In the Presidential race, three states haven’t been called: North Carolina, Georgia, and Missouri. With all precincts reporting, Obama has won the Tar Heel state by roughly 12,000 votes. McCain won Georgia handily, but due to voter irregularities, the Peach state hasn’t yet been called. Mac also has appeared to win the Show-Me state by a few thousand votes. Let’s give Georgia and Missouri to McCain and North Carolina to Obama.
In the Senate, three races are too close to call. Alaska Sen. Ted Stevens- a convicted felon, by the way- leads challenger Mark Begich by 4,000 or so votes. In Minnesota, comedian Al Franken leads Sen. Norm Coleman by 1,000 or so votes with about 3% of precincts yet to report. In Oregon, Sen. Gordon Smith leads Jeff Merkley by about 3,000 votes with three-fifths of precincts in the books. It’s too early to tell, but let’s assume Stevens and Smith are re-elected and Franken ousts Coleman. In addition, let’s say that Georgia Sen. Saxby Chambliss will retain his seat regardless of whether or not there’s an eventual runoff.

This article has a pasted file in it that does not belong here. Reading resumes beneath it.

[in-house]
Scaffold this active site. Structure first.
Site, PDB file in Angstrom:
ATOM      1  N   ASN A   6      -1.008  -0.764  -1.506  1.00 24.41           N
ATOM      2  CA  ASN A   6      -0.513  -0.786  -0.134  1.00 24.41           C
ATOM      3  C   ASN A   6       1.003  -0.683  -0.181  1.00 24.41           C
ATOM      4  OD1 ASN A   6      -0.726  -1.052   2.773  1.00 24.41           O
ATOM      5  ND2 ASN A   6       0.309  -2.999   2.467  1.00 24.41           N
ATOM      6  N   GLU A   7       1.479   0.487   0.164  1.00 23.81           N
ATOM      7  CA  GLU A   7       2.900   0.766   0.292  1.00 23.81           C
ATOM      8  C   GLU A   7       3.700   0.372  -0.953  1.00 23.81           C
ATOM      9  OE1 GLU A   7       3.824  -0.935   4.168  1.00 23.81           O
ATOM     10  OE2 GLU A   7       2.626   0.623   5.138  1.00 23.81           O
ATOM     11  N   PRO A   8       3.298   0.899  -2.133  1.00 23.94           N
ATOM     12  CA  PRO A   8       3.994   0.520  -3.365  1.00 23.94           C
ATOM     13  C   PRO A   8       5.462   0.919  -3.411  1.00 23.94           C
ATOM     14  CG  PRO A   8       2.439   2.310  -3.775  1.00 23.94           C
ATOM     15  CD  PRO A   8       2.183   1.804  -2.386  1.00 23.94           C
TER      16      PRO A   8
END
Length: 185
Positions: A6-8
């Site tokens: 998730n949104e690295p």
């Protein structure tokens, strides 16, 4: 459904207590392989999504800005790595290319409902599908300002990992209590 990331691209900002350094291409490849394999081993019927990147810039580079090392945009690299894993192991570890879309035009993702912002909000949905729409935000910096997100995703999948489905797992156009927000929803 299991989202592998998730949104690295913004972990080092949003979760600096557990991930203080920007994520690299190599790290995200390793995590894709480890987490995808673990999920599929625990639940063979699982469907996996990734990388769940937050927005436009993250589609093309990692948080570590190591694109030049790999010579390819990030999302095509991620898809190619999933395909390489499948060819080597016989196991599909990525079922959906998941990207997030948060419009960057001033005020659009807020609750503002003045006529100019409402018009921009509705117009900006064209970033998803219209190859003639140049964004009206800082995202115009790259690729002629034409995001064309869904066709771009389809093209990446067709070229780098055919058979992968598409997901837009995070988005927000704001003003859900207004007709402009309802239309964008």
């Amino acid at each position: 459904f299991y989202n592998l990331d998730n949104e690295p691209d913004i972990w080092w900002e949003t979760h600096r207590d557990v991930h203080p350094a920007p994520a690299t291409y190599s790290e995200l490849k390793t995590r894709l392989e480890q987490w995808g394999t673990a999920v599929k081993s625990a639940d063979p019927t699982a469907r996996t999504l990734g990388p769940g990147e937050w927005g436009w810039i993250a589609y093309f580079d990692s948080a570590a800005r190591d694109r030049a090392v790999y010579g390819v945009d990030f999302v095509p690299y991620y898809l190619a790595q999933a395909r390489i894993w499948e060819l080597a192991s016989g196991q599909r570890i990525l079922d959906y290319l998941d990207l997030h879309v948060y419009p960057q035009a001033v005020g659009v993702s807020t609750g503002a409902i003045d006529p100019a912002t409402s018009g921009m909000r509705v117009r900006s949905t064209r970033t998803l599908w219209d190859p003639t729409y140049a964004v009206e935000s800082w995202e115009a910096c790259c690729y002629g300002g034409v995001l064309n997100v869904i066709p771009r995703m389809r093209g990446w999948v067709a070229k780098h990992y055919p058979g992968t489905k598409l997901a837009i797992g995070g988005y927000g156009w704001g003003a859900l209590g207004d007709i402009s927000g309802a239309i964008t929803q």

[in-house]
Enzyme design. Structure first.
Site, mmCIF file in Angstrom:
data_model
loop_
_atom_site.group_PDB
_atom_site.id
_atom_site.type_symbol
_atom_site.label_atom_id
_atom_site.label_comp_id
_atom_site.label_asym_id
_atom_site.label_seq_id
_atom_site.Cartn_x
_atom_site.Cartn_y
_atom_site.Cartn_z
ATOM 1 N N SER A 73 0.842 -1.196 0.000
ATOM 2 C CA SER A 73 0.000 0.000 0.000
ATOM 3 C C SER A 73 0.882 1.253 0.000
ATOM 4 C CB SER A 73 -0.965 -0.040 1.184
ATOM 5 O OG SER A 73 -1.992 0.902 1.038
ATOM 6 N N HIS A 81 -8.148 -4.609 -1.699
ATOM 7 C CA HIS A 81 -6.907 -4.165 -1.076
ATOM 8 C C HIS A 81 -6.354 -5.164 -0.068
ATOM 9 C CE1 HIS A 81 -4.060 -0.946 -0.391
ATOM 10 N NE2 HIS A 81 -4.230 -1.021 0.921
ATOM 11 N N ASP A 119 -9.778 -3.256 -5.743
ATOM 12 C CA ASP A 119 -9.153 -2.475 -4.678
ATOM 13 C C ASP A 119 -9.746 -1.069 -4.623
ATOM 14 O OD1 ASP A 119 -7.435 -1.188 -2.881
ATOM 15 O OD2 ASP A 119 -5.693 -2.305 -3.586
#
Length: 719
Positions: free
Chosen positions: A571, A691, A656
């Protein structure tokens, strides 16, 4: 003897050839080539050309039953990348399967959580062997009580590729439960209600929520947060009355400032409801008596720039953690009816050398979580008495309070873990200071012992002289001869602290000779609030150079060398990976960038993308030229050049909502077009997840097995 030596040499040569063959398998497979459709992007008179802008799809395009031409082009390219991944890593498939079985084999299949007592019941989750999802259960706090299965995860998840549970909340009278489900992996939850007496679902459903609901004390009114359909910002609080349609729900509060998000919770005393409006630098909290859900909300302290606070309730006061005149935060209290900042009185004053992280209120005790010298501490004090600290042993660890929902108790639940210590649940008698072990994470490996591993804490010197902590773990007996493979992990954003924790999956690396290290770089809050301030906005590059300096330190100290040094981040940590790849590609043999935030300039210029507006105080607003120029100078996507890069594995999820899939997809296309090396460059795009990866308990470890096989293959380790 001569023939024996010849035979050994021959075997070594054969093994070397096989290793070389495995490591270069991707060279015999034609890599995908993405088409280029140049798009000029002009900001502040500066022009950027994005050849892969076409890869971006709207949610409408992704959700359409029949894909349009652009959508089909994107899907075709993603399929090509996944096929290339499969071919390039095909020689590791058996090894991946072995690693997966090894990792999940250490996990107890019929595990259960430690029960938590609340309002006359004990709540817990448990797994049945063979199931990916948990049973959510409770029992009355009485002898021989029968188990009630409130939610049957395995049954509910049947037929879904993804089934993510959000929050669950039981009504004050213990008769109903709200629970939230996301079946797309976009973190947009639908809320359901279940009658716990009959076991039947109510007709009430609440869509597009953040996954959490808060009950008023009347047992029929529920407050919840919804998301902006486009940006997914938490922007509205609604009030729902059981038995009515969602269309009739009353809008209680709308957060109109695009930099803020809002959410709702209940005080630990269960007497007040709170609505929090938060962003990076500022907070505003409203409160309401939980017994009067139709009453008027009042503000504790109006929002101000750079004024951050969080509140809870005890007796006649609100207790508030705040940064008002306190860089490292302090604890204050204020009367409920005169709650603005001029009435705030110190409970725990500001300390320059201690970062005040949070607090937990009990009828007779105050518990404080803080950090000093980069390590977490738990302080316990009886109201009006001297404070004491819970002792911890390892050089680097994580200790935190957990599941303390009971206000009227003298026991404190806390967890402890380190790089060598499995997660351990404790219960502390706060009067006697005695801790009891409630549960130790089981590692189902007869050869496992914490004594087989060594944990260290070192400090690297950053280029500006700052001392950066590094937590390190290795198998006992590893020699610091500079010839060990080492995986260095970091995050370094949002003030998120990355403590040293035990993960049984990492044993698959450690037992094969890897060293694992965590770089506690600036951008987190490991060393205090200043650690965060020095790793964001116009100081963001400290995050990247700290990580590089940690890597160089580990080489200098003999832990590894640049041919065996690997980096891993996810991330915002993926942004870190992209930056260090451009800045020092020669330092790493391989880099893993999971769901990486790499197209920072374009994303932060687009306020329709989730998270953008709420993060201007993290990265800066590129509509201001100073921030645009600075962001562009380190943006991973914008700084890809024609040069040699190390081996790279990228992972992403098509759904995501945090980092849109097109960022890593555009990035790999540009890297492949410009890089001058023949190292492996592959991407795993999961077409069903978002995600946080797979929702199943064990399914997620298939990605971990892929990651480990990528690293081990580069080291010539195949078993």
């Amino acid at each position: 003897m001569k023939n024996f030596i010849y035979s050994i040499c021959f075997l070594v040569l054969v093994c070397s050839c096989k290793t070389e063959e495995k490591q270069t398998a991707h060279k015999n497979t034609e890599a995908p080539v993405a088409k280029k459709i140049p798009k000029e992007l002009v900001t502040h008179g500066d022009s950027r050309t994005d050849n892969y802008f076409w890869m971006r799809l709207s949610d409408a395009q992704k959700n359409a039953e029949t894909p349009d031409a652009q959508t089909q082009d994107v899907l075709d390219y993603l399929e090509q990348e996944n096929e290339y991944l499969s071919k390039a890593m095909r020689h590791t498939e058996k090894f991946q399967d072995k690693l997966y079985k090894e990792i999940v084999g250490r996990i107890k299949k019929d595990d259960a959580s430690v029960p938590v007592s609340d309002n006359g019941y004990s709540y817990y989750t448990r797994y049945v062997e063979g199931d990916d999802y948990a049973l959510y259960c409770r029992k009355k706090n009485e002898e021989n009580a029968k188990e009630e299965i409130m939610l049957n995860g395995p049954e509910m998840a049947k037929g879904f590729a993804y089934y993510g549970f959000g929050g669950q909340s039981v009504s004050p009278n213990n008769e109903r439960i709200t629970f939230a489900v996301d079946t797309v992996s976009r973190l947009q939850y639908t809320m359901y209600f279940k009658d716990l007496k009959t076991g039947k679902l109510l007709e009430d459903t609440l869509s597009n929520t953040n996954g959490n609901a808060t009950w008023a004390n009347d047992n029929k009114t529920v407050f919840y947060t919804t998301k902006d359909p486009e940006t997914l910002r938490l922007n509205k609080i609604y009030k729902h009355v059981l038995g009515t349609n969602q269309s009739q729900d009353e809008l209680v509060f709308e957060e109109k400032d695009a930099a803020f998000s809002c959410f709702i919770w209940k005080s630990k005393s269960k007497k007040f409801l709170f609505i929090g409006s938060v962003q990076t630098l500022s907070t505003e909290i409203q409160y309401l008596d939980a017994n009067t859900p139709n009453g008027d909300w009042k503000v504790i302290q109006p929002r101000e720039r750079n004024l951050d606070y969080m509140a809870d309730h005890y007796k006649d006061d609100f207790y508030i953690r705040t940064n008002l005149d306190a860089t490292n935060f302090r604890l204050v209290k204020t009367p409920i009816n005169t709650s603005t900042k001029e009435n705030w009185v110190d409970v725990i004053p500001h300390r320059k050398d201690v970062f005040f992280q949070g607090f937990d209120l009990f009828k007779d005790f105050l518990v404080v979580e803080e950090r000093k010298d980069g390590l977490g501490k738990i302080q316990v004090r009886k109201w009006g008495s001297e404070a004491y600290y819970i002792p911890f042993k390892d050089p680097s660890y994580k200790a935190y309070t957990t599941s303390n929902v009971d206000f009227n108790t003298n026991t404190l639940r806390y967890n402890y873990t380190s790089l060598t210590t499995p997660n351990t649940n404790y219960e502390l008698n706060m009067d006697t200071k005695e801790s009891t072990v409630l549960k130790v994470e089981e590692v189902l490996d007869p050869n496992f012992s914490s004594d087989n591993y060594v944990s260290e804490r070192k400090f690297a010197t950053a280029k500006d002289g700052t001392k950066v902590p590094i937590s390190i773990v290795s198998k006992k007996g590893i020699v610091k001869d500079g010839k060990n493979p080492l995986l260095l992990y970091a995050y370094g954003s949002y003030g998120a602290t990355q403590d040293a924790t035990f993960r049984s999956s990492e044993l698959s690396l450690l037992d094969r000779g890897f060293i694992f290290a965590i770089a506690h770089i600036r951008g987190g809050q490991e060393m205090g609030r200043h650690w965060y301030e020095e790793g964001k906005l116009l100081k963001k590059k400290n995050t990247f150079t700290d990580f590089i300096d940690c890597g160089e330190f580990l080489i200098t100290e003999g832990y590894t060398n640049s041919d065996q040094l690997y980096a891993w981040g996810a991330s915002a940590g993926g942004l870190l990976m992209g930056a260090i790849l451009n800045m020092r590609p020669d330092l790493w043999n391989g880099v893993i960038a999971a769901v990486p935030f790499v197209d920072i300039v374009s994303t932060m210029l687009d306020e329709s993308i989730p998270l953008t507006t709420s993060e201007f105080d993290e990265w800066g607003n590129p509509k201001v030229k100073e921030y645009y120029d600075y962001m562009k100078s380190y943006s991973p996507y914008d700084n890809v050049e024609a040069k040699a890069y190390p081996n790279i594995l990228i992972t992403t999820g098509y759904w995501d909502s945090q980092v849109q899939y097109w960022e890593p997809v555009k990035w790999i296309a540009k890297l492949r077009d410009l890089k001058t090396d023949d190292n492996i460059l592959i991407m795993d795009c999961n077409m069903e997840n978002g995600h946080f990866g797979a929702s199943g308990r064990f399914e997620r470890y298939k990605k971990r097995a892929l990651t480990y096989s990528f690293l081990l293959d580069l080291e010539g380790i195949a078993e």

By my count, that gives Obama 364 electoral votes and McCain 174. My prediction was 353-185, so I was off by 11, incorrectly predicting McCain would take Indiana.
My Senate picture is a bit more muddled, for as Jascha points out in the comments I incorrectly guessed 56-44. 57-43 is likelier.
So far, Democrats have gained 15 House seats though this number should trickle up in the next few days as votes are finalized.
My predictions- not bad! Though they weren’t exactly bold. In the end, there weren’t a lot of surprises in the election based on relevant polling.…